The psalmist doesn’t say if I walk through a valley, he says even though I walk through the valley of death. As horrible as it is, death is unavoidable and inevitable. If not today, it will be another day, a different situation. Not just for my son, but for me too. Now or tomorrow or thirty years from now, the Lord is my Shepherd. He is with me. Every step of the way.
I begin to take deep breaths and try to still my rapidly beating heart. I look over at my son and watch my husband working with all his might on my son’s lifeless body.
And there it is. A small gasp. A bit of movement in his chest. He coughs, sputters, and his eyes flutter open. Almost in the same instant, the ambulance arrives. The paramedics come up onto the porch and begin to work on our son. We answer questions. We touch our boy. I still cannot stop trembling, only now I’m sobbing from the weight of it all. The intensity of this moment when I thought my son would die before my eyes and yet he’s alive. I do not know why, and I will wonder at this gift for a long time, but God graciously preserved his life.
My husband goes upstairs to change his clothes—his shirt is covered in vomit and blood. They place our boy on the stretcher, hook him up to an oxygen tank, and wheel him to the ambulance. I squeeze his hands, kiss his face, and wipe my tears. My husband and I embrace before he steps into the ambulance.
“I thought we lost him,” I whisper. “Me too,” he says. We feel grateful, overwhelmed, terrified, and exhausted. And in this moment, I love my husband more than ever.
He saved my son’s life.
Never once did he give up. Even though there were many moments when he thought our son had already died, he kept trying. With every ounce of his strength, every trick he could imagine, every moment intent to do as much as possible, he did whatever was necessary to spare our son.
I cannot help but connect this with my Savior, Jesus. He was not kept from death. No one came to his rescue or offered a helping hand or did whatever necessary to spare him. Beaten, bruised, and banished to Golgotha, Jesus suffered incredible pain. Nails were driven into his hands and feet. A crown of thorns was placed on his head, piercing him and causing blood to spill down his face. Affixed to the cross, he would lift his body, rubbing it against the shards of wood just to get a breath. Historians say suffocation played a major role in death by crucifixion; just like my son, Jesus struggled to breathe. And his life was not preserved. With one final breath he said, “It is finished,” and then he died.
And yet what do I know to be true? God the Father could have saved him! The all-powerful, sovereign, just, and merciful God of the Universe could have reached down and preserved his Son. By sending angels to surround Jesus and protect him from this suffering, or by lifting him down from the cross, God the Father could have delivered Jesus, his one and only Son. If he spoke light and life into existence with a single word, surely with a single word he could have stopped the entire mess. He had all the means necessary to spare his Son.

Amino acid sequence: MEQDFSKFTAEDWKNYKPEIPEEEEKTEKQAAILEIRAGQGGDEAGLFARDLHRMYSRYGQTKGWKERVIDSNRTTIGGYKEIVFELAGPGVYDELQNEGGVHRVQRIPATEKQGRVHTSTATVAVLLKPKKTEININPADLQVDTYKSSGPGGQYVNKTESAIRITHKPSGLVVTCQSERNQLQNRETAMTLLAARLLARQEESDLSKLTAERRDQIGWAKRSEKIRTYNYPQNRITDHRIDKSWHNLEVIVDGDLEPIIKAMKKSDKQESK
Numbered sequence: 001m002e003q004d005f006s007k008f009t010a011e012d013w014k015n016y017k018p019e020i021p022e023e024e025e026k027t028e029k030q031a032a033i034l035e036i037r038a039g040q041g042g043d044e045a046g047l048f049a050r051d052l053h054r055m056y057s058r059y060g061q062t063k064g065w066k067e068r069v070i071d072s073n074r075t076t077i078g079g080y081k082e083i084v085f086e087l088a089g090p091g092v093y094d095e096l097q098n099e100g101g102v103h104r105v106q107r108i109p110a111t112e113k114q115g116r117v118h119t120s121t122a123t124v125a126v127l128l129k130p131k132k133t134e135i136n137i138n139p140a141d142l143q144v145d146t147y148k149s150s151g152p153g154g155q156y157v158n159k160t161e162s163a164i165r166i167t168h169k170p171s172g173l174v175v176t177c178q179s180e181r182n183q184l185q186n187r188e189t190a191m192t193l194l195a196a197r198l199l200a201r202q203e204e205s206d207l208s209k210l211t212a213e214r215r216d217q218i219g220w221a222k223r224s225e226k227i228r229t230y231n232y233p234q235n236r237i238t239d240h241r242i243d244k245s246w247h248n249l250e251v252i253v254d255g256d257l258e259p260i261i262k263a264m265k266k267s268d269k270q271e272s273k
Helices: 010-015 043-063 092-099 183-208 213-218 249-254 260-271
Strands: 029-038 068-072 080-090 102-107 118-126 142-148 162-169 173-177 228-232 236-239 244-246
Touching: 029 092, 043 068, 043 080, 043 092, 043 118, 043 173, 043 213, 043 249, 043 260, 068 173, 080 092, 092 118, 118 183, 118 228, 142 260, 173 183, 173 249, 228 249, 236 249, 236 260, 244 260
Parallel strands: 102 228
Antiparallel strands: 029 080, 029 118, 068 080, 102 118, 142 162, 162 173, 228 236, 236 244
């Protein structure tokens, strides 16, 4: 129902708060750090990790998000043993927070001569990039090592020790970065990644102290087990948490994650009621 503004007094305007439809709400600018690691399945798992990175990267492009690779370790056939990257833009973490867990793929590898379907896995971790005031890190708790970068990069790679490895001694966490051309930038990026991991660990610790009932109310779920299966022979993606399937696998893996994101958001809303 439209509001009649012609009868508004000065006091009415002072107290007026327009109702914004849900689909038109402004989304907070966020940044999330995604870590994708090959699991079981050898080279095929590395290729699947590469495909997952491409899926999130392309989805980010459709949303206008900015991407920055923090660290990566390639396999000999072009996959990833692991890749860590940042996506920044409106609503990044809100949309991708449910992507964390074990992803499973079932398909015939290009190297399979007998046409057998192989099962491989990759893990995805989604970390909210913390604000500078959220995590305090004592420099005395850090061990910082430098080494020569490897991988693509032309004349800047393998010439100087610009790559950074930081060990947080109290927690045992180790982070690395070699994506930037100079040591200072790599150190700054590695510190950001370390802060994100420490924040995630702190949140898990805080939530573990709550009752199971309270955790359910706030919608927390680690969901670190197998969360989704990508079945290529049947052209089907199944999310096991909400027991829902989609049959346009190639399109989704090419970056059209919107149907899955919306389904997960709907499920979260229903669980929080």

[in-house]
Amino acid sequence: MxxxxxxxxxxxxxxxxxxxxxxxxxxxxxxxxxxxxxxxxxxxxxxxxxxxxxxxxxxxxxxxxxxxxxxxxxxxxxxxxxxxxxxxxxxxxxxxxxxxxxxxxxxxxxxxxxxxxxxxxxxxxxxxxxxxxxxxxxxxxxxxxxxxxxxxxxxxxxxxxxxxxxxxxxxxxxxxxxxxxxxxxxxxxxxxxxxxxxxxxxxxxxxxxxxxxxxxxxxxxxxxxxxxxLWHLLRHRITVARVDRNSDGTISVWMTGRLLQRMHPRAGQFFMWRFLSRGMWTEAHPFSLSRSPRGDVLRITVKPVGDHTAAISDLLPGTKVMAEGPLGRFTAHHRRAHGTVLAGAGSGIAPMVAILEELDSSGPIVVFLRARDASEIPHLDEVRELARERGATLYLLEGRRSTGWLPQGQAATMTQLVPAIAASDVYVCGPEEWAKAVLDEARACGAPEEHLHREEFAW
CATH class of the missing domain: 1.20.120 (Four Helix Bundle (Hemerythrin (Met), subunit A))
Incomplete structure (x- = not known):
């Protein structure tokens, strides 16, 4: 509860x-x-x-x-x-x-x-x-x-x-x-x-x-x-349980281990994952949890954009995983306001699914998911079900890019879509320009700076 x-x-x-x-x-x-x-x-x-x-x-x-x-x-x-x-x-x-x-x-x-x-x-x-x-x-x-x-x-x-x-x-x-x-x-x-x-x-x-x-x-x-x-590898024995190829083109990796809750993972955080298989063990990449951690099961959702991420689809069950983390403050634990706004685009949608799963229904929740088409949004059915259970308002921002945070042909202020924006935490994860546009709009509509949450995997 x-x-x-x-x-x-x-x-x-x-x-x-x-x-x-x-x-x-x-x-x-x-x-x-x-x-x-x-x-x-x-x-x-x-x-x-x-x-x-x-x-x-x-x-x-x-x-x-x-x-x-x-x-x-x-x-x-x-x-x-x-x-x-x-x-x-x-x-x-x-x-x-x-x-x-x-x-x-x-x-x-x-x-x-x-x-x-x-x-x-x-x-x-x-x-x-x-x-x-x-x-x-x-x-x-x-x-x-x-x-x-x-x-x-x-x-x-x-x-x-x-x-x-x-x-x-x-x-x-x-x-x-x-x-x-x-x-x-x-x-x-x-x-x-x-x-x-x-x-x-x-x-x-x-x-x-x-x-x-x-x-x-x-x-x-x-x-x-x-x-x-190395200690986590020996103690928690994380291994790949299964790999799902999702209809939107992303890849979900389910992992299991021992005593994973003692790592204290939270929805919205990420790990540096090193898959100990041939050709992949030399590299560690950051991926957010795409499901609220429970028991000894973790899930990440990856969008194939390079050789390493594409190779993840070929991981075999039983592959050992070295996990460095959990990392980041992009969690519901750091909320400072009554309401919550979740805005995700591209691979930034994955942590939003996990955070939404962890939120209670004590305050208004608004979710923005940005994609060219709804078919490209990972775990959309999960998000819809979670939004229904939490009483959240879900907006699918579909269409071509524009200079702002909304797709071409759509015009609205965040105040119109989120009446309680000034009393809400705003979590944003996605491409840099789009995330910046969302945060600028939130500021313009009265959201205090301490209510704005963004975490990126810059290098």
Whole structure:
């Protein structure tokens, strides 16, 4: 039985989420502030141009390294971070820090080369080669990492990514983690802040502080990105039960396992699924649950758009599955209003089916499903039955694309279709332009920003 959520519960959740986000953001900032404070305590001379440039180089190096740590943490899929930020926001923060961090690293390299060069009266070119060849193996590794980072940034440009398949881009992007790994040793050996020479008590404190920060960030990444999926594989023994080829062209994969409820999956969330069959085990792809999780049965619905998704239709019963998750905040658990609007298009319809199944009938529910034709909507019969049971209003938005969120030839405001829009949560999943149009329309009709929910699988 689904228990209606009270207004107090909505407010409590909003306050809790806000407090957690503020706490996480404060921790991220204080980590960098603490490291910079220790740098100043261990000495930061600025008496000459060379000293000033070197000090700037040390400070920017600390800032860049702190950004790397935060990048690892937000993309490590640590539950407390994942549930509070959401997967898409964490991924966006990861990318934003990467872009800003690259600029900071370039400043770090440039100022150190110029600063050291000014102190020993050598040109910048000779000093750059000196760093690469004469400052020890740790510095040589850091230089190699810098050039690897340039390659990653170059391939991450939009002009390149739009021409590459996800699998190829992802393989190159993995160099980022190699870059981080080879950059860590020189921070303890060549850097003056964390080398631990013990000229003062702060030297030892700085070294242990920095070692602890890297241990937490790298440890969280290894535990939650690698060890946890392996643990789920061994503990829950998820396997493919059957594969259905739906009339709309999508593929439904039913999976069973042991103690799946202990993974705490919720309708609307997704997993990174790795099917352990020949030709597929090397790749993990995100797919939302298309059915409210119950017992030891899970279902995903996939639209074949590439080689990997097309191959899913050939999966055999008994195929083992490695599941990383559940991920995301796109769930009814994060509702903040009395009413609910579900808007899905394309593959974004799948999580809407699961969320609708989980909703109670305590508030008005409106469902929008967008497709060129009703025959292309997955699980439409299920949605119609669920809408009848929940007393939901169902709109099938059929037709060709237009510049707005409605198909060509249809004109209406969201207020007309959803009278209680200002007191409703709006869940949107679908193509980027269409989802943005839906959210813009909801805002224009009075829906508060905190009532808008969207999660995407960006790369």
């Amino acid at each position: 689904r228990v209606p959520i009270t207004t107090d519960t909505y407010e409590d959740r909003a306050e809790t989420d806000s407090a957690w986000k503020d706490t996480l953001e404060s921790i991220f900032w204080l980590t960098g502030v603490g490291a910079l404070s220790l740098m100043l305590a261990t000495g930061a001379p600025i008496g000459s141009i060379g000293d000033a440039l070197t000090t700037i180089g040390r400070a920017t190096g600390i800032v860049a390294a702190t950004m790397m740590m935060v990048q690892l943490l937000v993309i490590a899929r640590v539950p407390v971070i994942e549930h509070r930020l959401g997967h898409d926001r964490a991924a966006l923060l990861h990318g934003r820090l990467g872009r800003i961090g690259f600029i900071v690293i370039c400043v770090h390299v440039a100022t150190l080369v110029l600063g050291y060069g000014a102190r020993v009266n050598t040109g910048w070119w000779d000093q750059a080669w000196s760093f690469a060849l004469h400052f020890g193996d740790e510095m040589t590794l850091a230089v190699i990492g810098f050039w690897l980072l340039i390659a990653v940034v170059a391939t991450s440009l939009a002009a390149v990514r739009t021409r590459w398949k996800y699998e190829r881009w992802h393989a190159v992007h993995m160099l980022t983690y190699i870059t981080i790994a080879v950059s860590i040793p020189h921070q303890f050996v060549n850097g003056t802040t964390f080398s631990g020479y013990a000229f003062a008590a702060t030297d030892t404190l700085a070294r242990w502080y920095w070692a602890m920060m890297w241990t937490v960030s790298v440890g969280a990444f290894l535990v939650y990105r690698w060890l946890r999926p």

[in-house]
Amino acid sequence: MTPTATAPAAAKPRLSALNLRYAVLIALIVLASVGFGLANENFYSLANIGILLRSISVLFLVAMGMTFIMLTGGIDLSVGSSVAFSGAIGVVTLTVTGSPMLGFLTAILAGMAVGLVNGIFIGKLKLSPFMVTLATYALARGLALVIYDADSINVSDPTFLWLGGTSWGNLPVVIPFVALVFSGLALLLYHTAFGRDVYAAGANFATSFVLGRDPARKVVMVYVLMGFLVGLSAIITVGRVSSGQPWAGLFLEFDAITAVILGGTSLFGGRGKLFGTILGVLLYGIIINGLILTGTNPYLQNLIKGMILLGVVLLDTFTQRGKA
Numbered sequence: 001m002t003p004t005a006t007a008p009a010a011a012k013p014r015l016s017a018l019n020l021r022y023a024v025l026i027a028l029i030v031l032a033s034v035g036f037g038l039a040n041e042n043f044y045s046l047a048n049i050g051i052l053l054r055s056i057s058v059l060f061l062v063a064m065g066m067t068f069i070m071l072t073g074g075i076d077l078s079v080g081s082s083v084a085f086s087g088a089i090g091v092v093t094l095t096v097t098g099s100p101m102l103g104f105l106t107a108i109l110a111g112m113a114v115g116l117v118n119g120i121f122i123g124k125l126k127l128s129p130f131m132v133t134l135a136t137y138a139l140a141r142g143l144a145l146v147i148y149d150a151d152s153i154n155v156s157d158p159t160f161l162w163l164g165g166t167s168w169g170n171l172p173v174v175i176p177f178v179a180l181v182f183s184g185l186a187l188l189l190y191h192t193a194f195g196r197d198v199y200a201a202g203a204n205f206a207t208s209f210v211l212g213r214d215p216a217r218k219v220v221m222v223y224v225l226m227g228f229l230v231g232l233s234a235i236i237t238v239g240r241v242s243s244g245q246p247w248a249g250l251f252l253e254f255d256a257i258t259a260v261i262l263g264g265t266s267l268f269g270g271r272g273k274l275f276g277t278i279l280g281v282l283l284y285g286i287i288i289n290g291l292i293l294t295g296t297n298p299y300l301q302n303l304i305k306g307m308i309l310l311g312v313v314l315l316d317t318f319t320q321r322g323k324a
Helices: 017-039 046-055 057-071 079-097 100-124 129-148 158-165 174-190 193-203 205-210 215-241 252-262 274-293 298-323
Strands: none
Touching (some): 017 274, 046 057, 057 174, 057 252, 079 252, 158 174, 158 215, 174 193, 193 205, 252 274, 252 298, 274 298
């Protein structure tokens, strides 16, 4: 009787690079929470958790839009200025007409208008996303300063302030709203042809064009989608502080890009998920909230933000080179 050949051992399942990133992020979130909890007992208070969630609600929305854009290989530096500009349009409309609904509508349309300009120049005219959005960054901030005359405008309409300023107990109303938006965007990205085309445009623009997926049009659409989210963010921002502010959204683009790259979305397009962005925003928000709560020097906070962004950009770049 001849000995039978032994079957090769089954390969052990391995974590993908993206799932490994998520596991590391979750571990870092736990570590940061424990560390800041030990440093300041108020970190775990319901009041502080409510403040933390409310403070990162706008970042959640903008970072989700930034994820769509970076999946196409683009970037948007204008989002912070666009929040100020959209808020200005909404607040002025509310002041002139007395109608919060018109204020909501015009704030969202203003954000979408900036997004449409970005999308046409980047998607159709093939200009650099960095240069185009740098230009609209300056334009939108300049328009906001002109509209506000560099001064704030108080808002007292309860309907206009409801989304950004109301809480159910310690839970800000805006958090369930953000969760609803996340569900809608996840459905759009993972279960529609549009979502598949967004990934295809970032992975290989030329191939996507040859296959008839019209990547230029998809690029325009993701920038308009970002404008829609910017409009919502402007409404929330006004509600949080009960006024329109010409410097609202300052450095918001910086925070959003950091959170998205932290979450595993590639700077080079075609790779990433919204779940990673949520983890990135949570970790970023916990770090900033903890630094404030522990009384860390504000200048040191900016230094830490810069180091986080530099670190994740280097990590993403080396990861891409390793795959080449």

But he didn’t. God allowed Jesus’ death. The Father sent Jesus for this very purpose. God ordained Jesus’ death. As the songwriter says, the Father turned his face away.
Why? Why would the Father willingly sacrifice his Son on the cross for you, and for me?
Because he loves us.
God could have found another way, there could have been a different means of grace and deliverance and salvation for sin. But when God promises life through death he will follow through. When God said a deliverer would come who would suffer and die for the forgiveness of sin—my sin and yours—he meant it. All along he knew it would be through the death of his Son.
God did not spare his own Son, he gave him up. He did whatever it took to save his people. Even though it meant forsaking his own Son.
God may have turned his face away from his Son in order to save us, but he didn’t turn his face away from his people. From the beginning of time he set his love upon his people. He is intent to save us and he did it through the costly gift of his Son’s life.
And as I reflect upon this kind of love, it’s in this moment that I love my Savior more than ever.
It would be more than two years before I would buy Nutella again—the thought of a repeat accident was too much to bear. I’ve often wondered why God spared our son; I know many parents whose children were not spared, including my own. There may never be an explanation this side of heaven, and when I begin to wander down the path of what-ifs and why’s—a traumatic incident like the one my son endured can seem pointless and unfair—I have to remind myself to be thankful. God is doing something. Can I trust him?
After his accident, I suffered from panic attacks and other physical manifestations of crippling fear. It’s difficult to erase a scene like this from your mind. But throughout this season of fear, God remained faithful. He continuously reminded me of Psalm 23 and as I repeated the phrase, the Lord is my Shepherd, he carried me through the dark valley of fear and what-ifs and vivid images I couldn’t forget.
But the thing I learned the most, and the repeating theme in my heart has been the gift of my own salvation. Because when you bear witness to a miraculous deliverance from physical death, you can’t help but remember the miraculous deliverance from spiritual death made possible through the death and resurrection of Jesus Christ.
God continues to answer my oft-repeated prayer, “God show me your glory through our son’s disability.” This time he chose to answer my prayer on the front porch as I watched my husband save our son’s life. Yes, because God miraculously preserved our boy, but also because it gave me a clearer picture of my own salvation.
Even as the Father turned his face away from his one and only Son, he set his eyes and his love on us. On me. On his people whom he promised to redeem. Behold what love the Father has given to us, indeed.
Photo by Jochen van Wylick on Unsplash
Thank you for this vivid retelling of a wrenching experience. It could not have been easy. But thank you even more for redeeming that experience to the glory of God and the sharing of His Gospel!